People often report that in the tense instances before defining moments in life, they “saw their life flash before their eyes”.
I think that, as a nation, we are experiencing this phenomenon now. We are on the cusp of a defining moment. And the eternal past two weeks have conjured vivid images or hearkened to specific moments in our collective lives, otherwise known as Jewish history. Though we believe with perfect faith that this moment will lead us toward greater heights and joyous times, it does not diminish from the intensity of the hour.
Here, in no particular order, are some flashes I have been seeing when my eyelids shutter restlessly in the middle of the night:
I see the moment when evil, cowardly, misguided Amalek attacked our ancestors from the rear as we left Egypt, targeting the weak and helpless.
I see the moment when King Shaul had pity on the descendants of those Amalekim despite being Divinely commanded to eradicate them all.
I see the moment when Jewish brother hated brother and sabotaged Jerusalem’s storage and supplies, advancing the onset of the exile in favor of peaceful coexistence with brothers who thought or behaved a little differently than them.
I see the moment when Haman, another cursed Amalekite descendant, set out to destroy every Jew, from young to old, children, mothers. Just because.
I see the moment when other human beings hopped on Haman’s bandwagon, eager to join the senseless violence.
I see Medieval blood libels accusing Jews of spilling innocent blood.
I see moments when we became arrogant and haughty, taking pride in our achievements without remembering that any success we have comes from God, and is ours to use to be a shining light unto the nations of the world.
But I also see the moment when Bnei Yisrael was called upon to donate to the building of the Mishkan and the response was so resounding that the outpouring had to be stopped.
I see the moment when everyone brought their unique gift, because no two Jews are the same, and we each have something precious to offer. And we receive other’s gifts graciously, recognizing the source of love from which it emanates.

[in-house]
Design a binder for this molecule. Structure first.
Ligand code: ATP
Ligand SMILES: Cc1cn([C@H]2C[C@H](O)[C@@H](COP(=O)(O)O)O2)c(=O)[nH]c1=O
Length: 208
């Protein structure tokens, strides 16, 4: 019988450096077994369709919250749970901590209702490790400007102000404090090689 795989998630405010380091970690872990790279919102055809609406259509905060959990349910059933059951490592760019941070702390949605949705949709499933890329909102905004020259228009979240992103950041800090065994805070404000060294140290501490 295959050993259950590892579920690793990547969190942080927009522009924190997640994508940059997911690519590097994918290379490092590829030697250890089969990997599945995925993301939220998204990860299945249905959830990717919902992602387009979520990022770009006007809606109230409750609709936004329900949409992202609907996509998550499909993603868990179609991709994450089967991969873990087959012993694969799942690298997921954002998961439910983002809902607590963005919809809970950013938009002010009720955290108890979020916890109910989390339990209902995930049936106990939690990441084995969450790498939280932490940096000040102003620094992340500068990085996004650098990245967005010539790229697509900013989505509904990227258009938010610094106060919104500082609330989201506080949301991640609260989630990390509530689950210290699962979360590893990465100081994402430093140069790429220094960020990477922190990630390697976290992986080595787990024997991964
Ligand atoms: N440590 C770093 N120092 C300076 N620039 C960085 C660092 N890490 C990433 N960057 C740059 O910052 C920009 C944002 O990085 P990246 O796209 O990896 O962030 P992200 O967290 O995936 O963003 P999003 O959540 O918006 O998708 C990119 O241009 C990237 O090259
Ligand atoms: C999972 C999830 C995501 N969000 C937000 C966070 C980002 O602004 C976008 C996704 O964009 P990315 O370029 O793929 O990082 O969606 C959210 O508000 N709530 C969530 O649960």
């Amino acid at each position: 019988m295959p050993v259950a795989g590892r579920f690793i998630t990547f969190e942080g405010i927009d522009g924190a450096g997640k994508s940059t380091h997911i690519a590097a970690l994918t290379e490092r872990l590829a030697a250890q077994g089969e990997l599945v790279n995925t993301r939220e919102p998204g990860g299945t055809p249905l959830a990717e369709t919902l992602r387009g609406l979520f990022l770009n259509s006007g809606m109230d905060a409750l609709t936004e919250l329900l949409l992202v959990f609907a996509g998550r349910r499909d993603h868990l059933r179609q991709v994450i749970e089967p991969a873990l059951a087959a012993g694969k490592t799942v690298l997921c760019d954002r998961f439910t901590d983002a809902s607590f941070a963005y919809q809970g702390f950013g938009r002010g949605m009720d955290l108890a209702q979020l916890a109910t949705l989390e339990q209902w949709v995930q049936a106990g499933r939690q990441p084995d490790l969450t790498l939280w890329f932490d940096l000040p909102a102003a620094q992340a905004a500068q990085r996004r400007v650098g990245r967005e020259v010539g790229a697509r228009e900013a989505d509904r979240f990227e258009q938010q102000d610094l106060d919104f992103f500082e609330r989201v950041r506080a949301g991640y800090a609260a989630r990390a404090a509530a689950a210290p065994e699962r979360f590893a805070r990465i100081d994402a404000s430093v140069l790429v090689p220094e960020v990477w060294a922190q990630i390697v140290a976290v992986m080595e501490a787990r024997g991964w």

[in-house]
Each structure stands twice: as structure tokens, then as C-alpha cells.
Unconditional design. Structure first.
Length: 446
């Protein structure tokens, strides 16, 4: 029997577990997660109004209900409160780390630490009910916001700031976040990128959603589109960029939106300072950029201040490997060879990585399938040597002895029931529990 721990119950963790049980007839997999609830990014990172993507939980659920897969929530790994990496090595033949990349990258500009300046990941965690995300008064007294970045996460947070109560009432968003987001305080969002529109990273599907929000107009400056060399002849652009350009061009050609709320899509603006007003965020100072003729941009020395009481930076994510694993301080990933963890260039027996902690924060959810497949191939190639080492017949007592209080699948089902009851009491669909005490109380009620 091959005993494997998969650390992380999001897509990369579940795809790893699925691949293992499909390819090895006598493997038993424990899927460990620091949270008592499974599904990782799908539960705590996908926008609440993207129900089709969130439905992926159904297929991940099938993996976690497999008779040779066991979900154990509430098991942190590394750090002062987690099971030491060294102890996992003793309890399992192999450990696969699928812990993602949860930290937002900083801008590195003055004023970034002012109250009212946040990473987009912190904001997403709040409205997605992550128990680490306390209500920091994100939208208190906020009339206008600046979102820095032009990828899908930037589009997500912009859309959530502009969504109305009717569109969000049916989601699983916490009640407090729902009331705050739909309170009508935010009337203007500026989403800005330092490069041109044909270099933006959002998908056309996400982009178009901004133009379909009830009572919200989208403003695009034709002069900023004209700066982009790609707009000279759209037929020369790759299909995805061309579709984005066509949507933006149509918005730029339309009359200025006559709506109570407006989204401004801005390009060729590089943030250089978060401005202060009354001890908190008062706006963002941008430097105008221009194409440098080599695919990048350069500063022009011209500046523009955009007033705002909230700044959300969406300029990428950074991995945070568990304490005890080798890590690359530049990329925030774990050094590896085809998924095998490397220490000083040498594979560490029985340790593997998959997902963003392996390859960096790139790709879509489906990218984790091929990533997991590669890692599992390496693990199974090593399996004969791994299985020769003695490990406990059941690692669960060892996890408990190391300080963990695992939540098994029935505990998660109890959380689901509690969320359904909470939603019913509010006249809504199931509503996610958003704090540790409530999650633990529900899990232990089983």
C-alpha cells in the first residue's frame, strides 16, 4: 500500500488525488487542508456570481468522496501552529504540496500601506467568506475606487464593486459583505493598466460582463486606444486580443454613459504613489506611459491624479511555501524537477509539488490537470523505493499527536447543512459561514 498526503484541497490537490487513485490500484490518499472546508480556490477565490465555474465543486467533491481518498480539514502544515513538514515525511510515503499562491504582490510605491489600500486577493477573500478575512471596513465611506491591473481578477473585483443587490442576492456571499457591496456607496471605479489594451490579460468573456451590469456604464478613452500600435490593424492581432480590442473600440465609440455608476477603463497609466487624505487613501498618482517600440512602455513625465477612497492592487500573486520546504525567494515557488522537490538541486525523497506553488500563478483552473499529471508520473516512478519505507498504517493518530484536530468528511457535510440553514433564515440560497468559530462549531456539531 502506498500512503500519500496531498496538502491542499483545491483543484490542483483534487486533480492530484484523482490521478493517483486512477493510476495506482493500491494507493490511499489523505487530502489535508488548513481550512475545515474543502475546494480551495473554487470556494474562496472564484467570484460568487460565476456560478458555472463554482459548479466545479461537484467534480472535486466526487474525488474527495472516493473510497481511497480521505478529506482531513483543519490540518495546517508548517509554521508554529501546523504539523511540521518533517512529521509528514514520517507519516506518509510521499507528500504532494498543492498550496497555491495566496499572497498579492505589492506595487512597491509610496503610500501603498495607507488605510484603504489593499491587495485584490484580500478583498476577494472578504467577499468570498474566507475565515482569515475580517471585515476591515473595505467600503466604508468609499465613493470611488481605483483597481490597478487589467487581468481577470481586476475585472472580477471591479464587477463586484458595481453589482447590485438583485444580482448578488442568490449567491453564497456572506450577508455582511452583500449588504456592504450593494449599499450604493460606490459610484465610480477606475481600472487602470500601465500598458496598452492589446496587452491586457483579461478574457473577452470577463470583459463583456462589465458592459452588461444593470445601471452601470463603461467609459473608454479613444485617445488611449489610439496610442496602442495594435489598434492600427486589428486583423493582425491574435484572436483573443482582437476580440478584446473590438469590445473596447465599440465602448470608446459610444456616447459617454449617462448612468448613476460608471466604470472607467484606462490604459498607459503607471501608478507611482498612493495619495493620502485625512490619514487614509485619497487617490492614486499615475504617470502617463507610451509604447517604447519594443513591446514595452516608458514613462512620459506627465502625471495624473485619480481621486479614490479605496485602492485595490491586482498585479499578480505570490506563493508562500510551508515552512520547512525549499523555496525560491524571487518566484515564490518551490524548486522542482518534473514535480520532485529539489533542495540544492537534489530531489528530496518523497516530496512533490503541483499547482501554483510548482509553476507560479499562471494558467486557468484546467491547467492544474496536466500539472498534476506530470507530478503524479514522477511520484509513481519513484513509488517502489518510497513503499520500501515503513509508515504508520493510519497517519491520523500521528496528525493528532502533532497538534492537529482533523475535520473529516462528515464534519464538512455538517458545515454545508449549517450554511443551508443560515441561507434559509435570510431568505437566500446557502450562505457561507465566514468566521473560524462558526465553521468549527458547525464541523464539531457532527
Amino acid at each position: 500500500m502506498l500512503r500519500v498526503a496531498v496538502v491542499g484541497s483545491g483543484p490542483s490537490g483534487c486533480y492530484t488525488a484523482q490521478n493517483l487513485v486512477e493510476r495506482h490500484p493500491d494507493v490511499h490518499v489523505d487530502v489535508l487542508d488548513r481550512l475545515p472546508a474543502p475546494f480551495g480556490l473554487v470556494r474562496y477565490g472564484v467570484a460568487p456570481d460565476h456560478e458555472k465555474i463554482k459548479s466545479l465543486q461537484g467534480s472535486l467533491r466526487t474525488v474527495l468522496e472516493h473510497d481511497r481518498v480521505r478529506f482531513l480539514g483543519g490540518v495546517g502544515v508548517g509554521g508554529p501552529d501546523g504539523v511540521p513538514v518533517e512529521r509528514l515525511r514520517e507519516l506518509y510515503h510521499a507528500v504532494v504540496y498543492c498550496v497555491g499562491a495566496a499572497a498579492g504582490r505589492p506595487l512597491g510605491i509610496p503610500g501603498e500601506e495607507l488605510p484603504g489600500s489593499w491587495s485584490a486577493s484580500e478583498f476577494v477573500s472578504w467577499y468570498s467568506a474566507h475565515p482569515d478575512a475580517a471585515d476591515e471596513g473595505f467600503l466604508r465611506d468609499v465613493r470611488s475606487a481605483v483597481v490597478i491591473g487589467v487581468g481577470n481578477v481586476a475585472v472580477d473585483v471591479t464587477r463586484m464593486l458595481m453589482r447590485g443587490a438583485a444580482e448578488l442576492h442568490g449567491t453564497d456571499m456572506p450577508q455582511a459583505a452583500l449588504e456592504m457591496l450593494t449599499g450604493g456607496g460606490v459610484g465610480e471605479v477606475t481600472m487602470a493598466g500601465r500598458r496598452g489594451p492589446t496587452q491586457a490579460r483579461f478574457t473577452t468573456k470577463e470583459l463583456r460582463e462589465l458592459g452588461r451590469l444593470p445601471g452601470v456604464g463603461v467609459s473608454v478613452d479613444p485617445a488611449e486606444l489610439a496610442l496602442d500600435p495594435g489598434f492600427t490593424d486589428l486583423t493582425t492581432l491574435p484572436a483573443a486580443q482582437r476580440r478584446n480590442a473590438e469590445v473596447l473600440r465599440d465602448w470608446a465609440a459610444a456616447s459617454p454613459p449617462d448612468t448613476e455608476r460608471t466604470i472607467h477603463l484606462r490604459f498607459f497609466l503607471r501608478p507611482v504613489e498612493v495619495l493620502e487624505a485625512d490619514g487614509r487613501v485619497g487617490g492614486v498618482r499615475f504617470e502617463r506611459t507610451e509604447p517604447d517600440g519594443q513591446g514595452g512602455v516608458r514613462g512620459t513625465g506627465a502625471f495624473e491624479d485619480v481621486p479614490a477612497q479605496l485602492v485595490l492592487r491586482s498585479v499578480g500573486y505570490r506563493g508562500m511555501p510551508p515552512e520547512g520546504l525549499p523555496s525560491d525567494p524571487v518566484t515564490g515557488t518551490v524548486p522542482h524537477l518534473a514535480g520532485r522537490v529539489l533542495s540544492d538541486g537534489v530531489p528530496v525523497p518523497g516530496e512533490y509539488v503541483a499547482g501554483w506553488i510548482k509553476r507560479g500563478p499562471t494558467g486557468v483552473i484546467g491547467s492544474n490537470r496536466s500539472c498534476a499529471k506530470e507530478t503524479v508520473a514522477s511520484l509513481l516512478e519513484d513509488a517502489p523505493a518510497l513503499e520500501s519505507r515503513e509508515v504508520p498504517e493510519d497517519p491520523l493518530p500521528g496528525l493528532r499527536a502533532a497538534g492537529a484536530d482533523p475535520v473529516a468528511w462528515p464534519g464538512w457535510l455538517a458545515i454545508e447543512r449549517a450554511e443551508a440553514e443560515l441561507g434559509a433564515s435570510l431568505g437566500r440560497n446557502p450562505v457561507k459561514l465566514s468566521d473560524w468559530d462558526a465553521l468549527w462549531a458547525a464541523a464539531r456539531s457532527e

I see the moment when Shmuel finished off Agag because sometimes there can be no mercy for a society that is so far gone from human sensibilities.
I see the moment Queen Esther rallied the Jewish people to fast and pray on her behalf before she approached the King begging him to spare them all.
And I see the moment when we Jews struck back at Haman and our haters, having sought and received the stamp of approval from the leader of the most powerful nation on earth.
I see the countless moments when our brave warriors took up arms and fought the many and the cunning. Though we were so uncertain which way the battle would go, when we raised our eyes to heaven we prevailed.
I see the moment when a brave Jewess stared evil in the face and welcomed him into her home, buying time until the moment when he received his due.
And when I open my eyes again before dawn, I see glimmers of hope that Hashem’s salvation is at our doorstep.
I witness selflessness and love in measures we could only have dreamed of three short weeks ago.
I see brothers coming to share the burden of their brothers in arms and choosing to stand shoulder to shoulder until the final, decisive victory is ours.
I see young children giving comfort and direction to adults who are paralyzed by shock and fear at what they never thought they would see in their days, in our ‘House’.
I see the youth tirelessly stepping up, no task is too large or too menial, reassuring us that when the baton is passed, we are poised to win the marathon.
I see kilometers on kilometers being driven with deliveries of anything and everything from all corners of the earth to our soldiers and citizens.
I see doors swung open to receive displaced families and make them feel at home away from home.
I hear songs and prayers lifting spirits and raising morale, injecting us all with confidence and reassurance. We are at our best when we are one.
Please, Holy One, save and redeem Your holy ones!
When we celebrate holidays and miracles, we know the outcome of the story. We sometimes forget how brave and full of faith our ancestors were in the face of their crisis, before the happy ending. We can relate only too well now to that sense of fear and uncertainty. But we can also derive hope and strength in knowing that we are part of the eternal Am Yisrael. May we soon be able to look back at this moment in time and see our strength, our perseverance, and the hand of Hashem reflected in our success.